Updated: Sep 8, 2021
"Low rates makes risk-aversion a challenging thing to practice and risk-taking much more palatable." - Howard Marks, Oaktree Capital
Experts have been sounding the alarm over lower future returns for the better part of a decade. Low interest rates plus higher U.S. equity valuations had to equal muted returns going forward.
The S&P 500 pulled a Lee Corso, ESPN's popular College Game Day host, "not so fast my friend!," and proceeded to do this:
The above graph shows the S&P 500 over the past 10 years (as of 10/14/2020). The index returned a shade under 14% per year, defying even the most optimistic forecasts. The historical average return of the S&P 500 is ~ 8% (post 1957 when the index went to 500 stocks).
Much has changed since we wrote about "Delusional Return Expectations," back in 2017. Realized equity returns made the expectations a bit less delusional (the exception being millennials, which expected 20+% annualized returns). The risk-free rate is basically zero, stocks have recovered and are near all-time highs, earnings guidance is non-existent, and U.S. GDP has taken some wild quarter to quarter swings.
Working off of that base, what are realistic return assumptions going forward?
According to GMO, there's not much to be excited about, unless you're into emerging markets, especially EM value stocks...
Source: GMO Research
The above graphic shows annualized real (after inflation) return estimates for the next seven years. These are professional guesses, but the GMO researchers do not share optimism for U.S. assets, either stocks or bonds.
Starting with the low-hanging fruit, bond future returns have historically tracked the current starting yield. Therefore, we can state with some confidence that fixed income returns going forward should be lower. This makes sense because the income portion is significantly reduced due to the low starting yield.
However, given that the risk-free rate is the starting point for other asset returns, it's not a stretch to assume all assets could see lower future returns.
Here's a graph from Howard Marks' latest memo on how the bottoming out of the risk-free rate affects other asset return profiles:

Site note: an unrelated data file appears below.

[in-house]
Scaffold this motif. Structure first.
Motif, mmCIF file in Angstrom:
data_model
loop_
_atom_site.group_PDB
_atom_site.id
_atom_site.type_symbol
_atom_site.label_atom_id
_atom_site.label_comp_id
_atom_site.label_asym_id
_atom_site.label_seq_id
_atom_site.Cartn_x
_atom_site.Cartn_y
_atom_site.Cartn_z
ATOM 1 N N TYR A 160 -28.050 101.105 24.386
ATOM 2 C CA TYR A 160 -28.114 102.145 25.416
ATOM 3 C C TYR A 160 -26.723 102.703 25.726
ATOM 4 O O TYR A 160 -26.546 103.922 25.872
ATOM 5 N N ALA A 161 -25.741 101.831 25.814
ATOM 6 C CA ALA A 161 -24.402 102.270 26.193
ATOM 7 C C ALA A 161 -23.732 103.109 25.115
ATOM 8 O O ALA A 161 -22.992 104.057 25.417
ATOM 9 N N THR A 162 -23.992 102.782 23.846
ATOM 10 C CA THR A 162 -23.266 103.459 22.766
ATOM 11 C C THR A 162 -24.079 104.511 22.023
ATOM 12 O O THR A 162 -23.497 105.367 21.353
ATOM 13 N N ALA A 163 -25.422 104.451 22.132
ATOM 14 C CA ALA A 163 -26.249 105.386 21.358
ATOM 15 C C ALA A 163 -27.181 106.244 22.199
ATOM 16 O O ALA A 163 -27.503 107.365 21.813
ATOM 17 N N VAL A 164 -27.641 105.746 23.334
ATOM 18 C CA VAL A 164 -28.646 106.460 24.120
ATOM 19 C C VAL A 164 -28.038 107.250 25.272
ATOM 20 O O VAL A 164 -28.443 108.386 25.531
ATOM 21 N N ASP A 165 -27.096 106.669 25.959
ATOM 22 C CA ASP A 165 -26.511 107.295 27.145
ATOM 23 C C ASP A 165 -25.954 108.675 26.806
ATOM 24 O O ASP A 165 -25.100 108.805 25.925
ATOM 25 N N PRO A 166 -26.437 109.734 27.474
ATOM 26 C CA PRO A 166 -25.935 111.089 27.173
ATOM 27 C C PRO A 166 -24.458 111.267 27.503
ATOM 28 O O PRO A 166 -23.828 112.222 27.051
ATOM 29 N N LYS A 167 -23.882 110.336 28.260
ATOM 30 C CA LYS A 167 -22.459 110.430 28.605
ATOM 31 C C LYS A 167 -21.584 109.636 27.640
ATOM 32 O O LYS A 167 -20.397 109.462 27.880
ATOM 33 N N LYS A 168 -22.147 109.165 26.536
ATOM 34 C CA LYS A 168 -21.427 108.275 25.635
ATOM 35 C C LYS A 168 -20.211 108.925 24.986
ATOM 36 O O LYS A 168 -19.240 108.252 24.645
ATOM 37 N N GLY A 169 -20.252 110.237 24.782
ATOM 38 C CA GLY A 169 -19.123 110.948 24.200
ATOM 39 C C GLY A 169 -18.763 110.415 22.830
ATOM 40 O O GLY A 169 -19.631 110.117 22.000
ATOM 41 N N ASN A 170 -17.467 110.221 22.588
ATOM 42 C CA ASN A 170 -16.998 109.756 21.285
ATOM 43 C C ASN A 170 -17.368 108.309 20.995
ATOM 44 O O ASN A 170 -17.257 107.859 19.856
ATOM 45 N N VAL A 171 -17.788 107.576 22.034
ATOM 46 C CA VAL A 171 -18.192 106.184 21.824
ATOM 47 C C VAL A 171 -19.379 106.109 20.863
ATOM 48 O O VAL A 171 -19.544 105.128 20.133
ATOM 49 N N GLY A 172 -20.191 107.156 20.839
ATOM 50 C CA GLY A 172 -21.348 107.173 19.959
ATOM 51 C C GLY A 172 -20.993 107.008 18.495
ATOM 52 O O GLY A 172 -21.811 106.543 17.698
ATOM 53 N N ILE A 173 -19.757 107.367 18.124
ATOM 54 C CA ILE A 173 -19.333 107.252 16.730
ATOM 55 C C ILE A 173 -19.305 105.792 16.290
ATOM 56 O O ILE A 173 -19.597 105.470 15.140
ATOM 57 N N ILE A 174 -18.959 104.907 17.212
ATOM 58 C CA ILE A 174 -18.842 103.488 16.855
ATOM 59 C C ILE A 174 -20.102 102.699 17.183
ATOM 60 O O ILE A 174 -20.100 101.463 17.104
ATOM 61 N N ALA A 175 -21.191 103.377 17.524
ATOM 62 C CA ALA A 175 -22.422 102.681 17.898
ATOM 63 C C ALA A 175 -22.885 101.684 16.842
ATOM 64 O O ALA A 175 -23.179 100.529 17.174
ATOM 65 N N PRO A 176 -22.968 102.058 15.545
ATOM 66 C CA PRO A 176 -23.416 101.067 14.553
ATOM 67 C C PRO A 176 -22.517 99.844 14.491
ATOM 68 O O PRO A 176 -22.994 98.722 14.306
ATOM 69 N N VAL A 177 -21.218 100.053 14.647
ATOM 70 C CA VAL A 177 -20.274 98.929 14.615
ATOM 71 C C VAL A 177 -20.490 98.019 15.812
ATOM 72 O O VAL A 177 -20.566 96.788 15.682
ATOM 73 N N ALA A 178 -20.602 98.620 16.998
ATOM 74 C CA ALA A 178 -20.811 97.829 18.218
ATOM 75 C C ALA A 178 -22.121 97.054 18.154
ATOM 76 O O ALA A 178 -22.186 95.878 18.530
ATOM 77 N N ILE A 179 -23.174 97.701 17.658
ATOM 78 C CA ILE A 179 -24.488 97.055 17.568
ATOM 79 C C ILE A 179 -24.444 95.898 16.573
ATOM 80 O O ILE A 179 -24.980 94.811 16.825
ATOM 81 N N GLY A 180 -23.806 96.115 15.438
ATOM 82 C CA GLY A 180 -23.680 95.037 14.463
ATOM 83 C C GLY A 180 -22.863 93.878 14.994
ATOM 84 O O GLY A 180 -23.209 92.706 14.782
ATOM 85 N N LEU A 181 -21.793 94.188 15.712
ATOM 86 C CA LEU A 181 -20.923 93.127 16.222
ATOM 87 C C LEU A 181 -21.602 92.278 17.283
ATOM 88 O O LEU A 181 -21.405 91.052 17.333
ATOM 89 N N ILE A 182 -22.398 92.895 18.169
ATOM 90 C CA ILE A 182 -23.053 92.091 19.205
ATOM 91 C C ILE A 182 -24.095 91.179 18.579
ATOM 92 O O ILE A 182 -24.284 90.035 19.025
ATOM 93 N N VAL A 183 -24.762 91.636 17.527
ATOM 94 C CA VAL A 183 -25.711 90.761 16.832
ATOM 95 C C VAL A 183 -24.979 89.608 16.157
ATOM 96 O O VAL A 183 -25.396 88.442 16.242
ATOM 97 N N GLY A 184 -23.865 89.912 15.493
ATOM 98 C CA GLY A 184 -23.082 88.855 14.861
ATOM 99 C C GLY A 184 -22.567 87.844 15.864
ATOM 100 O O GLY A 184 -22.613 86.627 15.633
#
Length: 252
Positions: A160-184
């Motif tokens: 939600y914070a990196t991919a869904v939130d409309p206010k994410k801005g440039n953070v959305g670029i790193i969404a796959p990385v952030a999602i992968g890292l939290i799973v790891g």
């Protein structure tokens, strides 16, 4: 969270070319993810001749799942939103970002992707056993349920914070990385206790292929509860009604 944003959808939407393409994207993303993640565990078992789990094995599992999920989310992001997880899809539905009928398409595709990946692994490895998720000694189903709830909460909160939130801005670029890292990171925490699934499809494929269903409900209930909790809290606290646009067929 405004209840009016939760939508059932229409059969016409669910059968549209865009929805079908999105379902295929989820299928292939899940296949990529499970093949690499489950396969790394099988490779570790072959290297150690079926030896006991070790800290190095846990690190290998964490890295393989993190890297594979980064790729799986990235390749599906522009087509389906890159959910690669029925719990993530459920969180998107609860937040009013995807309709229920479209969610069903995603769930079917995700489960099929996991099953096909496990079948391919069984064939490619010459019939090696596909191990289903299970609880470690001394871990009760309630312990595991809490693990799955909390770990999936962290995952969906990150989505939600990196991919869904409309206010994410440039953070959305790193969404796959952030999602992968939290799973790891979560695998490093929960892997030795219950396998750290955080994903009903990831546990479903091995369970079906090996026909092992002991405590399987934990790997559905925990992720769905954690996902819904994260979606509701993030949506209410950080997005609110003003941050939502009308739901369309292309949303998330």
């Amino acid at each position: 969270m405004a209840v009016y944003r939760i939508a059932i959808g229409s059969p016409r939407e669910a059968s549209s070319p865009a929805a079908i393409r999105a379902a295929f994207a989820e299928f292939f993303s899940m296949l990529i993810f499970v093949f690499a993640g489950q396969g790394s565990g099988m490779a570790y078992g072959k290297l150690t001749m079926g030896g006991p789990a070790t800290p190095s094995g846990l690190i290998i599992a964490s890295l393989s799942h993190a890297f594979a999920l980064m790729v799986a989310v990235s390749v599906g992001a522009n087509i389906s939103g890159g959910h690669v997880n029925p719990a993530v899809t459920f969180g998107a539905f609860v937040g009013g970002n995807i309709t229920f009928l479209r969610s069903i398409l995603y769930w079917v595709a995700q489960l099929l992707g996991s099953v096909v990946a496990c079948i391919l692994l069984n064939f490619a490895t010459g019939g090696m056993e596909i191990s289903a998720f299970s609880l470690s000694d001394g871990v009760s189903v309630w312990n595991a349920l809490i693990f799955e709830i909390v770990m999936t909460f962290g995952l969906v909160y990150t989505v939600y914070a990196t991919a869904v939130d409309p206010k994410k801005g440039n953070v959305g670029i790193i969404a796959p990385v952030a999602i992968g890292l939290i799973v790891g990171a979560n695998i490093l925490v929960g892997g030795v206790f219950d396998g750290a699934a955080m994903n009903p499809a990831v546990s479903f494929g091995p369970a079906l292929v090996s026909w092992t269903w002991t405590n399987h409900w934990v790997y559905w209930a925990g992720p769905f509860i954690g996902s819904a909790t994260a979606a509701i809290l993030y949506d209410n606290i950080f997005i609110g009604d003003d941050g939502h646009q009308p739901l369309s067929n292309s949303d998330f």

Source: Howard Marks, Oaktree Capital
The above graph shows a downward shift in various asset class return expectations. Notice how the returns are lower across the board, but the risk for each asset class remains the same. Investors are being asked to receive a lower return, while still taking the same risk. Not an ideal set-up.
The "lower future return" conversation isn't very fun, especially coming off the heels of a golden decade (2010s). A few things to keep in mind...
Forecasting future returns is hard, especially for equities. Most experts have been wrong for the better part of a decade.
Forecasting real returns is even harder. You have to get two things correct: asset class returns and inflation. Our own government provides a perfect example of how difficult the latter is...
The above graph shows the Congressional Budget Office's prediction for the U.S. 10-Year Treasury yield. Every year the government wildly overshoots. Why? Because inflation is almost impossible to predict.
Here's are some things to consider:
The return assumption within a financial plan should be conservative. I would hesitate to use anything above 5%.
Find your "enough." Assume returns are paltry going forward. Build a margin of safety into your financial plan.
Many are allocating a greater percentage to equities to hit return bogeys. Here are some lessons from our Japanese friends who have been investing in a 0% world for almost 30 years.
Low yields have changed the fixed income landscape making it tough on savers to generate income. Here are some guidelines for generating income in a challenging environment.
Quit paying 1%+ to traditional advisors. Quit allocating to mutual funds, especially fixed income. If future returns are lower, can you really punt half of the return to fees and expenses? Find out if your advisor is a professional or amateur here.